seeking a friend for a walk to the park.


If you ask Atticus who his best friend is, he will smirk and say, “Joe Biden.” Way back during the 2012 campaign, we taught him that Joe Biden is President Obama’s best friend, and I guess we’re a little hazy on the concept of “best friend” because now he thinks that Joe Biden is everyone’s best friend. The good news is that I think Joe Biden would like it that way. (Fingerguns!)

At school, they say he plays best with people who have the same interests he does–namely pouring dirt onto trucks. He told us the other day that he doesn’t like a certain little girl in his class because she doesn’t play with trucks. I am not totally sure what to make of that, so I mildly commented that everyone has different interests and left it at that.

What surprised me the most about the report from school is that at home he plays better with friends who are different. When they both want to play trucks or act like turtles or be pirates, then someone has the better toy or someone is doing it wrong or someone doesn’t want to share the pirate sword that he just bought with a gift card from his Nana because it is too special. Mostly what works is running around outside and giggling.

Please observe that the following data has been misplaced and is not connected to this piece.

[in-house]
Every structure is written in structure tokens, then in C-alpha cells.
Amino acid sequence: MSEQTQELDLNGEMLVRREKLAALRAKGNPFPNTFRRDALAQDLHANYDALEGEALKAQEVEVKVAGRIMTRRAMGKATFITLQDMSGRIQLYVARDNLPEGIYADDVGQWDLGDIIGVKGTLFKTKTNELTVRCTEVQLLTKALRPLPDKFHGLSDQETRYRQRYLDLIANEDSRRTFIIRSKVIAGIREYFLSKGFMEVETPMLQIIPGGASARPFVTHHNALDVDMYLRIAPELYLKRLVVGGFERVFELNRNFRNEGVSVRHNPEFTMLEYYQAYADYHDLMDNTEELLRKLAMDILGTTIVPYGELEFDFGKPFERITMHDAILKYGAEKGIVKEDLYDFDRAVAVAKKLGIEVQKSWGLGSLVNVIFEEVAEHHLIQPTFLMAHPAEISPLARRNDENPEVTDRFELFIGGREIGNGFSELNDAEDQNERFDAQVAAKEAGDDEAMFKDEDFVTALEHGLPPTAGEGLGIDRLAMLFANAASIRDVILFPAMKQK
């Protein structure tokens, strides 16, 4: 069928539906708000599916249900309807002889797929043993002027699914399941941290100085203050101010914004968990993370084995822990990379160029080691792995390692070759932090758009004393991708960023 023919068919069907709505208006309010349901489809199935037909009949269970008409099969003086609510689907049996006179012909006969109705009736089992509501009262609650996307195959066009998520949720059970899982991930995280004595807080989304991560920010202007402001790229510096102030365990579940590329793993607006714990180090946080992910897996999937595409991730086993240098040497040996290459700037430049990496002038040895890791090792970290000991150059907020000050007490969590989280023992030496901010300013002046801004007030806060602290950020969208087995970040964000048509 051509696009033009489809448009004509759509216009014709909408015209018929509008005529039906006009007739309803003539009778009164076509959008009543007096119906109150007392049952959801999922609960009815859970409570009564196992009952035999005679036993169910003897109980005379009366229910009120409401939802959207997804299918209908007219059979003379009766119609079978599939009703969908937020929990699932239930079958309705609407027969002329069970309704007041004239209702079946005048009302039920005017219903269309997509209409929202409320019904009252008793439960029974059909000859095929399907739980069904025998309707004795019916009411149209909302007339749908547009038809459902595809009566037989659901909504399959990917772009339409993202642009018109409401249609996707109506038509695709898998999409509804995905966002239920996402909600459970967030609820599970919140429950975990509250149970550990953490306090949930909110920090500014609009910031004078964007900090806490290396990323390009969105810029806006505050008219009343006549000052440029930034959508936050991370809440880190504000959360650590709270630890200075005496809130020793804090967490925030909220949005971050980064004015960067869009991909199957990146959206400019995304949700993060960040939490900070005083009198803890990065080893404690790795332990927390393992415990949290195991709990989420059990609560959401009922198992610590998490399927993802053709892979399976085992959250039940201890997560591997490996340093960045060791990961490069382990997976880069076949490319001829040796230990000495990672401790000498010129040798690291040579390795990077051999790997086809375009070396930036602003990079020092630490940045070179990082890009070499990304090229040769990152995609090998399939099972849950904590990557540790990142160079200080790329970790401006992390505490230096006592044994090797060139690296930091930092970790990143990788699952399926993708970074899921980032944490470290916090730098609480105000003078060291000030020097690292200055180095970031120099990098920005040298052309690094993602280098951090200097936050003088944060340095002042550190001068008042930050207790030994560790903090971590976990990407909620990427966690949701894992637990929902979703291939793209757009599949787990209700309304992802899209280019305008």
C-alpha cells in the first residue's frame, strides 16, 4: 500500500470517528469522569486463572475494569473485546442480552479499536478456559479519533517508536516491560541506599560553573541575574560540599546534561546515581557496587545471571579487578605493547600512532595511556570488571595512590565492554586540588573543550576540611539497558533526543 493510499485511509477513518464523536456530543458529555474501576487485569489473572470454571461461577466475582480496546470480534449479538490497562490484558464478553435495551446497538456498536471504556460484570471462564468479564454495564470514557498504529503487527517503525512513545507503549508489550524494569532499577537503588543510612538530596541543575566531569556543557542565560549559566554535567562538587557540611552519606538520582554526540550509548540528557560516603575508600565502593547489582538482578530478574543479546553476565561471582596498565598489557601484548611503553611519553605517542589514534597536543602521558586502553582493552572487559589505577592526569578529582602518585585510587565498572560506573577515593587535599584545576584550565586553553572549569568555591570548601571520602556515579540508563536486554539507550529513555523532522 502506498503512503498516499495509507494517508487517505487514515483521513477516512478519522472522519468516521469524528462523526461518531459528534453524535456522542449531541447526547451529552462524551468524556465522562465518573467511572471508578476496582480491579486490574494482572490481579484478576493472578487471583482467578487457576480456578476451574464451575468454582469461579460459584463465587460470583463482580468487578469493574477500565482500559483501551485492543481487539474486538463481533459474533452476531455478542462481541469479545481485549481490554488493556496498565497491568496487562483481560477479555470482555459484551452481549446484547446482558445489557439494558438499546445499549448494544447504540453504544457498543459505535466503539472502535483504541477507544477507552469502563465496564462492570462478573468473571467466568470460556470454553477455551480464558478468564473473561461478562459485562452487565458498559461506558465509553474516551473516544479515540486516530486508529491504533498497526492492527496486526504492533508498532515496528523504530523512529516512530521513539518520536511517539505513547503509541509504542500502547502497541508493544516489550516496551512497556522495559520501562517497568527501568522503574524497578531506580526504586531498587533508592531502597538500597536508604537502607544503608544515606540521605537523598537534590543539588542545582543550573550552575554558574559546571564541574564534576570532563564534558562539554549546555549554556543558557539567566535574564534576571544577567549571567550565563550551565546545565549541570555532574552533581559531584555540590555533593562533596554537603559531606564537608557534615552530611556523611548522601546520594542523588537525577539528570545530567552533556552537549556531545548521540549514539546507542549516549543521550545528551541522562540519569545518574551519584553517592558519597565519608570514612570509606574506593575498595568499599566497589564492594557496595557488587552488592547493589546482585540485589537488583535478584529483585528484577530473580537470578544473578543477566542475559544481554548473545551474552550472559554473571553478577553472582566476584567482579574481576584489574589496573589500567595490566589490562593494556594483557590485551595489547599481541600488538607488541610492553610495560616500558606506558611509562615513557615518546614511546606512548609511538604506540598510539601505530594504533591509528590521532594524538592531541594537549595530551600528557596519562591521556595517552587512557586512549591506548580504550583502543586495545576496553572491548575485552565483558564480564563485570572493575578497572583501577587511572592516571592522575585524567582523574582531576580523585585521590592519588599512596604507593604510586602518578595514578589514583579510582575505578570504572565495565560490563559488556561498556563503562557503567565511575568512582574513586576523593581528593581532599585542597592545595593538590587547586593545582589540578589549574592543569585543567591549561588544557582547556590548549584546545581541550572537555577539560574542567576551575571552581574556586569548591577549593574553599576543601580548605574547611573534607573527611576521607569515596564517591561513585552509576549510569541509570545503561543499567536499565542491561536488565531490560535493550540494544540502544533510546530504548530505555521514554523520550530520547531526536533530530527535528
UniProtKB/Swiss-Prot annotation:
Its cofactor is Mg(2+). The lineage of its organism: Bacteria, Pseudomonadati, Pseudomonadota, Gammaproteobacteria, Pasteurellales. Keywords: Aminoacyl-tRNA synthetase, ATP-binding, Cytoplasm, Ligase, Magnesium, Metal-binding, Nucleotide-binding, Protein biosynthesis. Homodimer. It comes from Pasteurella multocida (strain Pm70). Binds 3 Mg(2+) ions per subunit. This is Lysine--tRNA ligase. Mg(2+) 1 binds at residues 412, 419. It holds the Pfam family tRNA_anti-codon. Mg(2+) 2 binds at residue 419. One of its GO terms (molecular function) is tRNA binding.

Atticus is especially lucky to have a friend his age just two houses away. They play together most days, but sharing is hard, especially in the afternoons. The park is better. When the weather is nice, we trek down to the swingset and wander over to the lake. There’s usually a meltdown on the way home. I’m told that’s how it goes with three-year-olds, so we try to take it in stride.

When I say Atticus is lucky, I mean that all of us are. We feel fortunate to have people to walk with us in this stage of life. I think I will look back on these days and remember the slant of the afternoon sun as we steadily pushed our strollers in the direction of the park.


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